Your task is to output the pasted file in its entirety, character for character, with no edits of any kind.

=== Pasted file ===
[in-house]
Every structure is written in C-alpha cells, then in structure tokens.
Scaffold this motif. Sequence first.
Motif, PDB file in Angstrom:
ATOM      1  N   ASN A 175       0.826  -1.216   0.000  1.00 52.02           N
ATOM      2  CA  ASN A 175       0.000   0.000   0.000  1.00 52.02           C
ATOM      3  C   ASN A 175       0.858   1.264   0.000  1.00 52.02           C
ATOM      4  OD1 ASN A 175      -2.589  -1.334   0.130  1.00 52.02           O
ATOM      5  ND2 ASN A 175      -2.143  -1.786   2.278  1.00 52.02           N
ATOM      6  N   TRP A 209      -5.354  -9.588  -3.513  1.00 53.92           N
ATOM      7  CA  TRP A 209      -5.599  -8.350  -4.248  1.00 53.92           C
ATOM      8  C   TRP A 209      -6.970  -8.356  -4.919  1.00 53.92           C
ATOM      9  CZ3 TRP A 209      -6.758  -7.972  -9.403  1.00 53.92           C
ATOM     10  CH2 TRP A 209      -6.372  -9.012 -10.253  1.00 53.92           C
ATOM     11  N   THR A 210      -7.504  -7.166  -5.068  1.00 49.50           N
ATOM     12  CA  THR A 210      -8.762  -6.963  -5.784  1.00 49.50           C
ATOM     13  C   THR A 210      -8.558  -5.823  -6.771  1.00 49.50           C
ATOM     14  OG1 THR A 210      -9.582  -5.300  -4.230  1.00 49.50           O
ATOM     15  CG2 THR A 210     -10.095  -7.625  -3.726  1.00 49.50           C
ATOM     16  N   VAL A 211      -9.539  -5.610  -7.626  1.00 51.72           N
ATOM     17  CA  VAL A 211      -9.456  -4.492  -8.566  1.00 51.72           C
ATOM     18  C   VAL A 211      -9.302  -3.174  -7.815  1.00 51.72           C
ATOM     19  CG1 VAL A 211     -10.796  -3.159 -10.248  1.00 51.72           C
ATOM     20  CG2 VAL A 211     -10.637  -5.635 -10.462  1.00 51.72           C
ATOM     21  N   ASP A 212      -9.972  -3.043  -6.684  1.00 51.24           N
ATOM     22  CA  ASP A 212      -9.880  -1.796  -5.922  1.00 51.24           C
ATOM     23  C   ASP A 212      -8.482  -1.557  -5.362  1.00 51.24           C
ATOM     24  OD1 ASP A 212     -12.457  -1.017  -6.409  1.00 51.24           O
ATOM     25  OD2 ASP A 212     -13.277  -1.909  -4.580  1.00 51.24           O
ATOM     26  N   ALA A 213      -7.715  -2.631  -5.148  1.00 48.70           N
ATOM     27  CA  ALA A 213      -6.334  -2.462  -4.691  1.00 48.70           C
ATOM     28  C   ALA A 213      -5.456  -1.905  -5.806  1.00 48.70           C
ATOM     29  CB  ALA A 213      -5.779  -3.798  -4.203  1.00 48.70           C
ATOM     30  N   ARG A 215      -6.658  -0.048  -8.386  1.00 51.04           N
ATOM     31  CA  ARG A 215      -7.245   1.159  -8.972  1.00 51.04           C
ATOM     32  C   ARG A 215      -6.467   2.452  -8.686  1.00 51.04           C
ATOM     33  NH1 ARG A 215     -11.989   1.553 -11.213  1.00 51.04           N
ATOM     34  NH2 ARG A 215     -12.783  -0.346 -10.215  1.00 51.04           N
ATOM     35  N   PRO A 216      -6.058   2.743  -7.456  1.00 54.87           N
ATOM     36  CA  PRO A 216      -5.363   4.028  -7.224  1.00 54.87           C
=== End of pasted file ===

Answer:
[in-house]
Every structure is written in C-alpha cells, then in structure tokens.
Scaffold this motif. Sequence first.
Motif, PDB file in Angstrom:
ATOM      1  N   ASN A 175       0.826  -1.216   0.000  1.00 52.02           N
ATOM      2  CA  ASN A 175       0.000   0.000   0.000  1.00 52.02           C
ATOM      3  C   ASN A 175       0.858   1.264   0.000  1.00 52.02           C
ATOM      4  OD1 ASN A 175      -2.589  -1.334   0.130  1.00 52.02           O
ATOM      5  ND2 ASN A 175      -2.143  -1.786   2.278  1.00 52.02           N
ATOM      6  N   TRP A 209      -5.354  -9.588  -3.513  1.00 53.92           N
ATOM      7  CA  TRP A 209      -5.599  -8.350  -4.248  1.00 53.92           C
ATOM      8  C   TRP A 209      -6.970  -8.356  -4.919  1.00 53.92           C
ATOM      9  CZ3 TRP A 209      -6.758  -7.972  -9.403  1.00 53.92           C
ATOM     10  CH2 TRP A 209      -6.372  -9.012 -10.253  1.00 53.92           C
ATOM     11  N   THR A 210      -7.504  -7.166  -5.068  1.00 49.50           N
ATOM     12  CA  THR A 210      -8.762  -6.963  -5.784  1.00 49.50           C
ATOM     13  C   THR A 210      -8.558  -5.823  -6.771  1.00 49.50           C
ATOM     14  OG1 THR A 210      -9.582  -5.300  -4.230  1.00 49.50           O
ATOM     15  CG2 THR A 210     -10.095  -7.625  -3.726  1.00 49.50           C
ATOM     16  N   VAL A 211      -9.539  -5.610  -7.626  1.00 51.72           N
ATOM     17  CA  VAL A 211      -9.456  -4.492  -8.566  1.00 51.72           C
ATOM     18  C   VAL A 211      -9.302  -3.174  -7.815  1.00 51.72           C
ATOM     19  CG1 VAL A 211     -10.796  -3.159 -10.248  1.00 51.72           C
ATOM     20  CG2 VAL A 211     -10.637  -5.635 -10.462  1.00 51.72           C
ATOM     21  N   ASP A 212      -9.972  -3.043  -6.684  1.00 51.24           N
ATOM     22  CA  ASP A 212      -9.880  -1.796  -5.922  1.00 51.24           C
ATOM     23  C   ASP A 212      -8.482  -1.557  -5.362  1.00 51.24           C
ATOM     24  OD1 ASP A 212     -12.457  -1.017  -6.409  1.00 51.24           O
ATOM     25  OD2 ASP A 212     -13.277  -1.909  -4.580  1.00 51.24           O
ATOM     26  N   ALA A 213      -7.715  -2.631  -5.148  1.00 48.70           N
ATOM     27  CA  ALA A 213      -6.334  -2.462  -4.691  1.00 48.70           C
ATOM     28  C   ALA A 213      -5.456  -1.905  -5.806  1.00 48.70           C
ATOM     29  CB  ALA A 213      -5.779  -3.798  -4.203  1.00 48.70           C
ATOM     30  N   ARG A 215      -6.658  -0.048  -8.386  1.00 51.04           N
ATOM     31  CA  ARG A 215      -7.245   1.159  -8.972  1.00 51.04           C
ATOM     32  C   ARG A 215      -6.467   2.452  -8.686  1.00 51.04           C
ATOM     33  NH1 ARG A 215     -11.989   1.553 -11.213  1.00 51.04           N
ATOM     34  NH2 ARG A 215     -12.783  -0.346 -10.215  1.00 51.04           N
ATOM     35  N   PRO A 216      -6.058   2.743  -7.456  1.00 54.87           N
ATOM     36  CA  PRO A 216      -5.363   4.028  -7.224  1.00 54.87           C